- Abuse and violence against people with disabilities in institutions (Articles 1-5 ), including starvation, beatings, sexual abuse, inappropriate medication and other forms of degrading treatment.
- Loss of life – deaths in care and police shootings.
- Forced sterilisation of disabled women and girls (Articles 5,16), (Brady and Glover, 1997).
- Ethical issues concerning the use of prenatal testing for disabled women.
- Lack of access/ cost of assistive devices, appliances, sign language interpreters, respite etc (Declaration on the Rights of Disabled Persons)
- Financial hardship and poverty – growth of user pays such as in the HACC program.
- Denial of sexuality, reproductive and parenting rights. (Article 16)
- Personal violence against women with disabilities and lack of access to refuges.
- Discrimination in rental accommodation; inadequate supported accommodation and respite care.
Access to justice
- Human Rights Legislation Amendment Bill: removal of Disability Commissioner; costs of unconciliated complaints (user pays); removal of HREOC power to seek leave to intervene in relevant cases (Article 6), proposed prescription of certain state legislation from DDA.
- Reduction in staff/resources in the Disability Unit at HREOC; reduced access to DDA.
- Cuts in Legal Aid affecting people with disabilities.
- People with disabilities losing custody/access battles on basis of disability.
- Lack of access to independent impartial tribunals (article 10).
- Invasion of privacy of people with disabilities (article 12) living in residential settings.
Rights to Mobility
- People with disabilities often trapped in homes and institutions due to lack of/cost of assistive devices and personal attendants/ access to transport.
- Physical environment is inaccessible and hostile to many people with disabilities.
- People with disabilities are subject to intrusive stares, comments and invasive remarks when in the community.
- No anti- vilification legislation for people with disabilities.
- Immigration Act exempt from DDA (article 14).
- Lack of Code covering Bioethics. What is the Australian Government position on Human Genome Project? Protection for genetic privacy ? Issues of respect for genetic diversity and uniqueness.
- Citizenship issues : right to vote, citizenship education , jury service, trial by peers etc. (Article 21)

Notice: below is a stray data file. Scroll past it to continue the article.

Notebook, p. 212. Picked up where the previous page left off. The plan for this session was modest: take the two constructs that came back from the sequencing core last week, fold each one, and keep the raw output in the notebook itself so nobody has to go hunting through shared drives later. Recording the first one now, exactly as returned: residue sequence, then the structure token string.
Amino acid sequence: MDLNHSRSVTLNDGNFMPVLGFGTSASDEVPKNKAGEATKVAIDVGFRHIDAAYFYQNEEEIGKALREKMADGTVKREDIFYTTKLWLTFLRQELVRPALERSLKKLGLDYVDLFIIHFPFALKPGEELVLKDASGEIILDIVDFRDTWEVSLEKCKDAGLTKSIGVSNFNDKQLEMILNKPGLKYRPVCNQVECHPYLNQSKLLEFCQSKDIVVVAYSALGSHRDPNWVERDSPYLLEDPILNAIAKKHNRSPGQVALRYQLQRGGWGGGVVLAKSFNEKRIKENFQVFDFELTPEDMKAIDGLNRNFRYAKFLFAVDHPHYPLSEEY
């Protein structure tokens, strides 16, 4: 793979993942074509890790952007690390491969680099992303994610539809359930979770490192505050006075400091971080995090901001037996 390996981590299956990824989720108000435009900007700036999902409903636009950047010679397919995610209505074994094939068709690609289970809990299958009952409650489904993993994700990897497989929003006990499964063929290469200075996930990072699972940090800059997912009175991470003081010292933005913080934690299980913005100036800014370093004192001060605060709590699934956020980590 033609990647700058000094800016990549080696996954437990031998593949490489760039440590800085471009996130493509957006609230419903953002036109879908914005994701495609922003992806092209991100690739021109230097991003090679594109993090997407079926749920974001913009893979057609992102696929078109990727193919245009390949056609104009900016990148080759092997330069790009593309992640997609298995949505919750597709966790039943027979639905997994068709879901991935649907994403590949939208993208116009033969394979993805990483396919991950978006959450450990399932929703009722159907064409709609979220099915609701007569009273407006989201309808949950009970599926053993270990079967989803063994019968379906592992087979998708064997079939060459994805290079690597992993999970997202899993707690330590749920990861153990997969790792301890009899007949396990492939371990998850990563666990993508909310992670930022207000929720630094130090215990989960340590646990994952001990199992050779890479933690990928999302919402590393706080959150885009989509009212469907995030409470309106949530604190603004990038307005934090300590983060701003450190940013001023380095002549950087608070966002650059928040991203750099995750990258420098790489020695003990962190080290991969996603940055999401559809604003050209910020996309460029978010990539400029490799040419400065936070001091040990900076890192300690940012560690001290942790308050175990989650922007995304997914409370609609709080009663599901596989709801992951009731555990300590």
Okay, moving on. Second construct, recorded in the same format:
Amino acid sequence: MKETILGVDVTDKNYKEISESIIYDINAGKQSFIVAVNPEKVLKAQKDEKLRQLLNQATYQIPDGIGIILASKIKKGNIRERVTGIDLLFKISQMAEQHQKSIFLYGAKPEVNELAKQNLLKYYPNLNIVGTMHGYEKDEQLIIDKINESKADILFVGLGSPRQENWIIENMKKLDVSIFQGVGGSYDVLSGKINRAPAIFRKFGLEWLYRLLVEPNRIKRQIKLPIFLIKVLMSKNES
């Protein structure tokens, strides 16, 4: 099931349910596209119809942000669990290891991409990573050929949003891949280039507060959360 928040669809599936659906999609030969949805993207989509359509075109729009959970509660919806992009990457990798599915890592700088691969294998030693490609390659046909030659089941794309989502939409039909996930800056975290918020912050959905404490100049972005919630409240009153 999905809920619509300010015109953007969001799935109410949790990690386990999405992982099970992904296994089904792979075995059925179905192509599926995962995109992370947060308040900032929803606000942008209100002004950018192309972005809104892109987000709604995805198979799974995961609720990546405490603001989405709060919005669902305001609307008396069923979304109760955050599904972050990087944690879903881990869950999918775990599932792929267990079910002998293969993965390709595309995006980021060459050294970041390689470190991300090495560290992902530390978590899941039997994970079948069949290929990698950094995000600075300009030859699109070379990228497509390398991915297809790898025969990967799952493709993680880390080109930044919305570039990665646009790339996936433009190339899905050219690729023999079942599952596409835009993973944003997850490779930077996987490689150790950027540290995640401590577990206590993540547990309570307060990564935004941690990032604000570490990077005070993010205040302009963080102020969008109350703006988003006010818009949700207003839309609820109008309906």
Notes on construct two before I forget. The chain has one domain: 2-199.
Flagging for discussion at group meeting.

- Lack of representation of people with disabilities within participatory democracy. The Australian Citizenship Act (1948) deems those of “unsound mind” ineligible to exercise the vote. (Article 21).
Rights to Work and Leisure
- Discrimination in Employment (Article 23); lack of adjustment in the workplace, lack of accessible transport to and from workplace
- Discrimination against people with disabilities in tourism, leisure and hospitality industry. (Article 24)
- No affirmative action rights for people with disabilities.
Rights to Health and Education
- Discrimination in education, pre schools, schools and higher education. Curriculum issues, access issues, absence of reasonable adjustment. (Article 26).
- Lack of access/ cost of assistive devices, appliances, interpreters etc
- Financial hardship and poverty – growth of user pays in HACC.
- Lack of access to appropriate medication/ inappropriate medication (Article 25).
- Need for implementation of report on Human Rights and People with Mental Illness
There exist a number of international legal instruments and reports that can be used to call on the Australian Government to account for its lack of attention to human rights issues for people with disabilities.
There are 6 International Conventions which from the basis of the international bill of rights. While only the Convention on the Rights of the Child specifically makes reference to rights of children with disabilities, there is no doubt that all these conventions apply to people with disabilities as well as other members of the community. They are:
- International Covenant on Civil and Political Rights (1966)
- International Covenant on Economic, Social and Cultural Rights (1996/1976)
- International Convention on the Elimination of all forms of Racial Discrimination (1965)
- International Convention on the Elimination of all forms of Discrimination against Women (1979)
- Convention against Torture (1984)
- Convention on the Rights of the Child. (1989)
Any doubt about the application of these conventions to people with disabilities has been put to rest by the World Conference on Human Rights. Para 63 of the Vienna Declaration and Program of Action states:
The World Conference on Human Rights reaffirms that all human rights and fundamental freedoms are universal and thus unreservedly include persons with disabilities. Every person is born equal and has the same rights to life and welfare, education and work, living independently and active participation in all aspects of society. Any direct discrimination or other negative discriminatory treatment of a disabled person is therefore a violation of his or her rights. The World Conference on Human Rights calls on Governments, where necessary, to adopt or adjust legislation to assure access to these and other rights for disabled persons. (at para 63)
There are a number of International Declarations, Guidelines and Resolutions emanating from the UN which deal specifically with a range of issues relating to disability:
- Universal Declaration of Human Rights (1948)
- The Declaration on the Rights of Disabled Persons (1975)
- Declaration on the Rights of Mentally retarded persons (1971)
- Principles for the Protection of Persons with Mental Illness and the Improvement of Mental Health Care (1991)
- Standard Rules on the Equalization of Opportunities for Persons with Disabilities (48/96 of 20 December 1993).